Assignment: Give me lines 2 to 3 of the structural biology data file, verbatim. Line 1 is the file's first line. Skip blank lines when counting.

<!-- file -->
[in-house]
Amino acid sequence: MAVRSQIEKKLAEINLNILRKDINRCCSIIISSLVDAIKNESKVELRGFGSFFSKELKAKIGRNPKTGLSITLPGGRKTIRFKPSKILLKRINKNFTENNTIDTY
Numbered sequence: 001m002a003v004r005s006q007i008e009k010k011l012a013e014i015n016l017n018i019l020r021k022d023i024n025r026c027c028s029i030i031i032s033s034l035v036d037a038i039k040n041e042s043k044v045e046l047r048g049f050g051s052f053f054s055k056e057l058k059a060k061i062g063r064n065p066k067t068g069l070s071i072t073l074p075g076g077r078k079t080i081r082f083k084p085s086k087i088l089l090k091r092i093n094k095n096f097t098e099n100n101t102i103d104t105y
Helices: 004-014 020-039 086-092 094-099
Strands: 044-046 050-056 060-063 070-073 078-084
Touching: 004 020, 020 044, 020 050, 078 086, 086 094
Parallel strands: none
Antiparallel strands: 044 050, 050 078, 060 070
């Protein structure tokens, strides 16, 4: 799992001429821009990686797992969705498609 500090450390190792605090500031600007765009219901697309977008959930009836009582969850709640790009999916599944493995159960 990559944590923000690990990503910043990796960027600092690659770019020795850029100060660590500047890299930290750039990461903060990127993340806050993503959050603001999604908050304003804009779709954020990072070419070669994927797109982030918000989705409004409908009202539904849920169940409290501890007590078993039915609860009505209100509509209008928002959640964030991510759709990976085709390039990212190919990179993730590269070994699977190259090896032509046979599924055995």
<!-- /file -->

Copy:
Amino acid sequence: MAVRSQIEKKLAEINLNILRKDINRCCSIIISSLVDAIKNESKVELRGFGSFFSKELKAKIGRNPKTGLSITLPGGRKTIRFKPSKILLKRINKNFTENNTIDTY
Numbered sequence: 001m002a003v004r005s006q007i008e009k010k011l012a013e014i015n016l017n018i019l020r021k022d023i024n025r026c027c028s029i030i031i032s033s034l035v036d037a038i039k040n041e042s043k044v045e046l047r048g049f050g051s052f053f054s055k056e057l058k059a060k061i062g063r064n065p066k067t068g069l070s071i072t073l074p075g076g077r078k079t080i081r082f083k084p085s086k087i088l089l090k091r092i093n094k095n096f097t098e099n100n101t102i103d104t105y